I felt greater strength as I continued on the path through the parks I had run many times.
I did not look back as I reached the spectators.
Then I turned into the final straight and sprinted to the line, overtaking a runner by a second.


Chelmsford Marathon 2017

Even as I crossed the line I knew I had not finished.

I continued to walk in circles in the park for ten minutes as I consumed a post-run homemade pea-protein shake, two bananas and plenty of fluid. I also stretchedI did not want a repeat of my post-race leg pain at last year’s event.

I also spoke to a runner named Alex, who told me I had inadvertently paced him for the first two hours, before he sped up. We had mutual respect for one another, and I know that he is the standard I must attain if I am to qualify for the London Marathon.

Despite the favourable cloudy and dry conditions I had to concentrate so that my energy was not sapped combating the wind.

I dedicated the race to my grandparents, who are sadly no longer with me. They taught me that hard work offers rich rewards.

There were many reasons I achieved my best marathon to date.

  • I carried my own fluid, which contained carbohydrate (in the form of orange squash) and sodium. I drank a litre of this homemade electrolyte drink, plus half a litre of water from the aid stations. This kept me hydrated and energised without needing to slow.
  • I also carried enough calories, packed with sugars and proteins to ensure that my stomach was constantly filled with fuel to use. I balanced my intake well so that I did not feel bloated or suffer from excessive stitches.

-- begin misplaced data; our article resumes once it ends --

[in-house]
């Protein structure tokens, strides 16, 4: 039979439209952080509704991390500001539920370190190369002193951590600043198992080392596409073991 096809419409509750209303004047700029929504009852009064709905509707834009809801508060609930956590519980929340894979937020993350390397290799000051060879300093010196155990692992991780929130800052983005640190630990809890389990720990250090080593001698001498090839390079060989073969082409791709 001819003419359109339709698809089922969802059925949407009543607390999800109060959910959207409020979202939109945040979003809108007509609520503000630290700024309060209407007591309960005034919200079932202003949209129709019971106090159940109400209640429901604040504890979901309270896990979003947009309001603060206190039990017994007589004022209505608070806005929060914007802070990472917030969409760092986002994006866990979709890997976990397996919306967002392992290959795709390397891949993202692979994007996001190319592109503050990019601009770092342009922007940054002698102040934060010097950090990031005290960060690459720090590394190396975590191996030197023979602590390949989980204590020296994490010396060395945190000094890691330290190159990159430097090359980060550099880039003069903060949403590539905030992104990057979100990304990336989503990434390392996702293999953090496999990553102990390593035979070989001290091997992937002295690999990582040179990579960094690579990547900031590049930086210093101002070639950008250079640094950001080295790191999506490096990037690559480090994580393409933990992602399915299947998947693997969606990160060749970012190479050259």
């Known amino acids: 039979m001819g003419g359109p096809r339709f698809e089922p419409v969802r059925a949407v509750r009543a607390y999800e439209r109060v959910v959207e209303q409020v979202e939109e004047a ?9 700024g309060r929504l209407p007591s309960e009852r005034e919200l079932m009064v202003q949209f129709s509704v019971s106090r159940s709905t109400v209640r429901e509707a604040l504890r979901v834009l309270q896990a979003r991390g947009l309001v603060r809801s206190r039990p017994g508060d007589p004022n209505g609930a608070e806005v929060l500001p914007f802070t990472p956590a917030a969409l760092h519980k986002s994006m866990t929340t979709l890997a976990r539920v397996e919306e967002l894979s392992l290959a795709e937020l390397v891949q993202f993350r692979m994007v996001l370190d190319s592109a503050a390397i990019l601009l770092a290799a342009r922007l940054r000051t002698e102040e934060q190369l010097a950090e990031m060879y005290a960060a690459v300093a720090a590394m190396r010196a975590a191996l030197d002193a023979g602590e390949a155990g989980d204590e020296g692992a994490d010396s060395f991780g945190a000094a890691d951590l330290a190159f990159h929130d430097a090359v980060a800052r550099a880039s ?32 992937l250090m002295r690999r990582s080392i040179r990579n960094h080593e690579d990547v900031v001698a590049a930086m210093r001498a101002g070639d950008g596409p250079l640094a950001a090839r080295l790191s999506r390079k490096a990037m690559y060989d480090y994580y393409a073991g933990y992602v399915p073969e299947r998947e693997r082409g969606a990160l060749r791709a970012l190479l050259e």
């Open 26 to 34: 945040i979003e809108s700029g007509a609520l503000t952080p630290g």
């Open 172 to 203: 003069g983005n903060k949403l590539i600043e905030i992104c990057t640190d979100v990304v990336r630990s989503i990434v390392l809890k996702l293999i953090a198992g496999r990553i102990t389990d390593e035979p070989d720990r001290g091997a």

• I kept a steady heart rate throughout the race, which meant that I could focus on my caloric intake without having to panic about an unsustainable breathing pattern.

Chelmsford Marathon 2017 Finish

I executed the race so well there were few mistakes.

  • I carried three energy bars and several handfuls of dried fruit that I did not need. Although not heavy they were an unnecessary energy supply that I could have better calculated in training. This can easily be rectified for future races.
  • I suffered slight niggles in my lower legs, ankles and feet throughout the race. Although they were not enough to prevent me from achieving my goal I could have supported my lower body better by wearing newer ‘barefoot shoes’. 
  • More importantly I felt I had more to give. This notion is always difficult to judge as the marathon requires many decisions, which are impossible to analysis individually. Still, in hindsight I ran the first half too cautiously.

The race was a success because unlike my previous six marathons I passed runners in the second half of the race, feeling stronger and faster than ever before. Perhaps I could run much further at 7:20 – 7:30 per mile…



Pain and Joy After my Third Chelmsford Marathon

23 October 2016

I wished my runners the very best of luck before the race.
Then we separated, ready for our own journeys.
I ran as though the race was a half marathon.
I soon found myself alongside a taller runner about my age. When he passed me I surged into the lead. This repeated for many miles through the Essex countryside, absent of spectators.
The battle made me concentrate on staying strong but by half way he was out of sight.
I was left to run alone.
Runners kept passing me as I fought back fatigue and muscle soreness.
I wanted the race to be over but it dragged on as I inevitably slowed.
I couldn’t estimate my finishing time as my average pace was dropping quickly.
There was nothing I could do but to endure the last miles until I sprinted the last metres to the line in pain.


Chelmsford Marathon 2016 from front

I went out too fast too early. Although this was my pre-race strategy my hopes of not fading too much in the second half of the race were naïve. Despite the generous time I banked for more than an hour I suffered even more pain than previous marathons, culminating in 10 minutes of post-race lactate acid in my legs. I had never felt so much discomfort, and for so long after any race.